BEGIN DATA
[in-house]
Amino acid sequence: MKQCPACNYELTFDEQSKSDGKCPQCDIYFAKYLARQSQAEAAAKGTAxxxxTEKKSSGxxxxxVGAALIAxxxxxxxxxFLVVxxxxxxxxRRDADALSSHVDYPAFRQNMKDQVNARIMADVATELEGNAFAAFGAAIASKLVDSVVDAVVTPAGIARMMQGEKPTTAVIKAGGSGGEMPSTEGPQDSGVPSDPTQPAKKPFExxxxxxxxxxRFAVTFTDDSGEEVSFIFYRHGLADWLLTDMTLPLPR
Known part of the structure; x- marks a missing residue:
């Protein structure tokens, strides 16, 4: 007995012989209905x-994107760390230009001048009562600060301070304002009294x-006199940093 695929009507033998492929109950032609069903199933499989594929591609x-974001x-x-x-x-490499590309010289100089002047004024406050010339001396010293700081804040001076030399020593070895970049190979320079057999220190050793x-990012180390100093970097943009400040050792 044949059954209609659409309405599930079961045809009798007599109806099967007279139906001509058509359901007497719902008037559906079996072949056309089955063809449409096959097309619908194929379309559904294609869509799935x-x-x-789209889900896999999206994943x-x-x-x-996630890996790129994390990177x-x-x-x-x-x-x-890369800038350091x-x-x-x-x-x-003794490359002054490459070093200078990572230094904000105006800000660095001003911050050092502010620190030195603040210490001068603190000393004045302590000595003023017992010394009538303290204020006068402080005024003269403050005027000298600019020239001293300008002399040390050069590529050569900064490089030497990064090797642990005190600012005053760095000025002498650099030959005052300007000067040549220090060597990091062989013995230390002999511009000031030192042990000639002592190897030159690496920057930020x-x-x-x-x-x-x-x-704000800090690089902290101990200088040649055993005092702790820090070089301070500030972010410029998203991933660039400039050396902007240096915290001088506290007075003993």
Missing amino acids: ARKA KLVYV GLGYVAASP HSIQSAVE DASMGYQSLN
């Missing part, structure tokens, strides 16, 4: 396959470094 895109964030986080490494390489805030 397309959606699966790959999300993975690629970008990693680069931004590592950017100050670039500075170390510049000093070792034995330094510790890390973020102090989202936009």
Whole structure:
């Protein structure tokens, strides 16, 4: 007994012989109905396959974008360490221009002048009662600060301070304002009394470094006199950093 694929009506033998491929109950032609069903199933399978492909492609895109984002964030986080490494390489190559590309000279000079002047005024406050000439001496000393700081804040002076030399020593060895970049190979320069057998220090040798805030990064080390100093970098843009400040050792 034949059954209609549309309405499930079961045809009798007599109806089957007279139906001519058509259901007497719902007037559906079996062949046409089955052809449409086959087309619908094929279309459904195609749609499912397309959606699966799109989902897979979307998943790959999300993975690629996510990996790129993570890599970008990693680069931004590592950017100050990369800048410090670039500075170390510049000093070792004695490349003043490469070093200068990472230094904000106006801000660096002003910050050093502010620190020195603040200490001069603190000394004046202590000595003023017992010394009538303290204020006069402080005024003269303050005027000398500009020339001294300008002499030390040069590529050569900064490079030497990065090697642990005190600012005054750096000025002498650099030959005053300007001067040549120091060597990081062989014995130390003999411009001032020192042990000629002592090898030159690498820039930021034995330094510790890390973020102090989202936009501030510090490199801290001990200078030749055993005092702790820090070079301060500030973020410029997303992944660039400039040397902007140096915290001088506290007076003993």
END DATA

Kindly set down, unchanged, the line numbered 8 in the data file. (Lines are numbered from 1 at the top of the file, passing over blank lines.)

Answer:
């Protein structure tokens, strides 16, 4: 007994012989109905396959974008360490221009002048009662600060301070304002009394470094006199950093 694929009506033998491929109950032609069903199933399978492909492609895109984002964030986080490494390489190559590309000279000079002047005024406050000439001496000393700081804040002076030399020593060895970049190979320069057998220090040798805030990064080390100093970098843009400040050792 034949059954209609549309309405499930079961045809009798007599109806089957007279139906001519058509259901007497719902007037559906079996062949046409089955052809449409086959087309619908094929279309459904195609749609499912397309959606699966799109989902897979979307998943790959999300993975690629996510990996790129993570890599970008990693680069931004590592950017100050990369800048410090670039500075170390510049000093070792004695490349003043490469070093200068990472230094904000106006801000660096002003910050050093502010620190020195603040200490001069603190000394004046202590000595003023017992010394009538303290204020006069402080005024003269303050005027000398500009020339001294300008002499030390040069590529050569900064490079030497990065090697642990005190600012005054750096000025002498650099030959005053300007001067040549120091060597990081062989014995130390003999411009001032020192042990000629002592090898030159690498820039930021034995330094510790890390973020102090989202936009501030510090490199801290001990200078030749055993005092702790820090070079301060500030973020410029997303992944660039400039040397902007140096915290001088506290007076003993």